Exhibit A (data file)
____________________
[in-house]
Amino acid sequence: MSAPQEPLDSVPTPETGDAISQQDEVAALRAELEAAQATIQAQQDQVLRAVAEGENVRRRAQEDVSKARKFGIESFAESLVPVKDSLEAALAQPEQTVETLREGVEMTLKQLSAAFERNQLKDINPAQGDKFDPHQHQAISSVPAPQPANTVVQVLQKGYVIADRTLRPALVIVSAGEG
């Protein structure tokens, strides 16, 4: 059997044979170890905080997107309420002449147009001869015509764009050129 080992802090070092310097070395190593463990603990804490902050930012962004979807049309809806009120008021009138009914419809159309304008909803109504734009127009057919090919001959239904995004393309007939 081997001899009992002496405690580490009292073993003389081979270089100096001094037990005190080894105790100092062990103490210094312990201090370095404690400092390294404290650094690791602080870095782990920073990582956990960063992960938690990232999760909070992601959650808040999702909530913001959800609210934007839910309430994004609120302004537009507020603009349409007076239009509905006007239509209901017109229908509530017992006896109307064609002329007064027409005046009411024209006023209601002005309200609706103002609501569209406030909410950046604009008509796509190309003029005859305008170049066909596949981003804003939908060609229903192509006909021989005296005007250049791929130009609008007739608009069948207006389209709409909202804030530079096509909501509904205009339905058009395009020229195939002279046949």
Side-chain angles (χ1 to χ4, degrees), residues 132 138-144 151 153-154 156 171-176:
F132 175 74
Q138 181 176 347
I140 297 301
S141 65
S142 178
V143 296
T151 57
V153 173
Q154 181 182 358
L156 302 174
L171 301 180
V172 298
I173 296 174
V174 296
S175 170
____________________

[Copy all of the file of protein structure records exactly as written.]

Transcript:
[in-house]
Amino acid sequence: MSAPQEPLDSVPTPETGDAISQQDEVAALRAELEAAQATIQAQQDQVLRAVAEGENVRRRAQEDVSKARKFGIESFAESLVPVKDSLEAALAQPEQTVETLREGVEMTLKQLSAAFERNQLKDINPAQGDKFDPHQHQAISSVPAPQPANTVVQVLQKGYVIADRTLRPALVIVSAGEG
């Protein structure tokens, strides 16, 4: 059997044979170890905080997107309420002449147009001869015509764009050129 080992802090070092310097070395190593463990603990804490902050930012962004979807049309809806009120008021009138009914419809159309304008909803109504734009127009057919090919001959239904995004393309007939 081997001899009992002496405690580490009292073993003389081979270089100096001094037990005190080894105790100092062990103490210094312990201090370095404690400092390294404290650094690791602080870095782990920073990582956990960063992960938690990232999760909070992601959650808040999702909530913001959800609210934007839910309430994004609120302004537009507020603009349409007076239009509905006007239509209901017109229908509530017992006896109307064609002329007064027409005046009411024209006023209601002005309200609706103002609501569209406030909410950046604009008509796509190309003029005859305008170049066909596949981003804003939908060609229903192509006909021989005296005007250049791929130009609008007739608009069948207006389209709409909202804030530079096509909501509904205009339905058009395009020229195939002279046949």
Side-chain angles (χ1 to χ4, degrees), residues 132 138-144 151 153-154 156 171-176:
F132 175 74
Q138 181 176 347
I140 297 301
S141 65
S142 178
V143 296
T151 57
V153 173
Q154 181 182 358
L156 302 174
L171 301 180
V172 298
I173 296 174
V174 296
S175 170